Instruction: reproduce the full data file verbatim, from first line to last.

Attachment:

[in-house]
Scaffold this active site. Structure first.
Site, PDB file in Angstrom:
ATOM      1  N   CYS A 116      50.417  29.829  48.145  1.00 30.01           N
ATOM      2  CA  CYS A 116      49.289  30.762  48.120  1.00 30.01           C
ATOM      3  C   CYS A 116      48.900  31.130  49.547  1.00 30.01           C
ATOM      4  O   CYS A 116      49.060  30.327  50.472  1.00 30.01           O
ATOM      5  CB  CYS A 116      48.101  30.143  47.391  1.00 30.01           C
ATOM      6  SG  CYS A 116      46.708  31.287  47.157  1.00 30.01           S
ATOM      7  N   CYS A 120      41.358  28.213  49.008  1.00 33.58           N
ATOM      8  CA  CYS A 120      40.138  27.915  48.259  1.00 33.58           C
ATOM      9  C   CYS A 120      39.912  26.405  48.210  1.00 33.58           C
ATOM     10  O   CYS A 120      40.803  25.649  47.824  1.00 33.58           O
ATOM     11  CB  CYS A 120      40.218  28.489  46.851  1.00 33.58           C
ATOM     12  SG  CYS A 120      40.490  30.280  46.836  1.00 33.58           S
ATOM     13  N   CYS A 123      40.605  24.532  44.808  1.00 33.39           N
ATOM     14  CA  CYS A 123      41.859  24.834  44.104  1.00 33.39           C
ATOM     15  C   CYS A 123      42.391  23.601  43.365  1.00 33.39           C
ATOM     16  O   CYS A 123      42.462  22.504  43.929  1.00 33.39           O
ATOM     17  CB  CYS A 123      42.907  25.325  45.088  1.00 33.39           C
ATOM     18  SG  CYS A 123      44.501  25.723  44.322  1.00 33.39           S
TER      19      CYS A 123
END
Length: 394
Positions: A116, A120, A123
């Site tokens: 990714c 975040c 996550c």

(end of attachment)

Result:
[in-house]
Scaffold this active site. Structure first.
Site, PDB file in Angstrom:
ATOM      1  N   CYS A 116      50.417  29.829  48.145  1.00 30.01           N
ATOM      2  CA  CYS A 116      49.289  30.762  48.120  1.00 30.01           C
ATOM      3  C   CYS A 116      48.900  31.130  49.547  1.00 30.01           C
ATOM      4  O   CYS A 116      49.060  30.327  50.472  1.00 30.01           O
ATOM      5  CB  CYS A 116      48.101  30.143  47.391  1.00 30.01           C
ATOM      6  SG  CYS A 116      46.708  31.287  47.157  1.00 30.01           S
ATOM      7  N   CYS A 120      41.358  28.213  49.008  1.00 33.58           N
ATOM      8  CA  CYS A 120      40.138  27.915  48.259  1.00 33.58           C
ATOM      9  C   CYS A 120      39.912  26.405  48.210  1.00 33.58           C
ATOM     10  O   CYS A 120      40.803  25.649  47.824  1.00 33.58           O
ATOM     11  CB  CYS A 120      40.218  28.489  46.851  1.00 33.58           C
ATOM     12  SG  CYS A 120      40.490  30.280  46.836  1.00 33.58           S
ATOM     13  N   CYS A 123      40.605  24.532  44.808  1.00 33.39           N
ATOM     14  CA  CYS A 123      41.859  24.834  44.104  1.00 33.39           C
ATOM     15  C   CYS A 123      42.391  23.601  43.365  1.00 33.39           C
ATOM     16  O   CYS A 123      42.462  22.504  43.929  1.00 33.39           O
ATOM     17  CB  CYS A 123      42.907  25.325  45.088  1.00 33.39           C
ATOM     18  SG  CYS A 123      44.501  25.723  44.322  1.00 33.39           S
TER      19      CYS A 123
END
Length: 394
Positions: A116, A120, A123
């Site tokens: 990714c 975040c 996550c």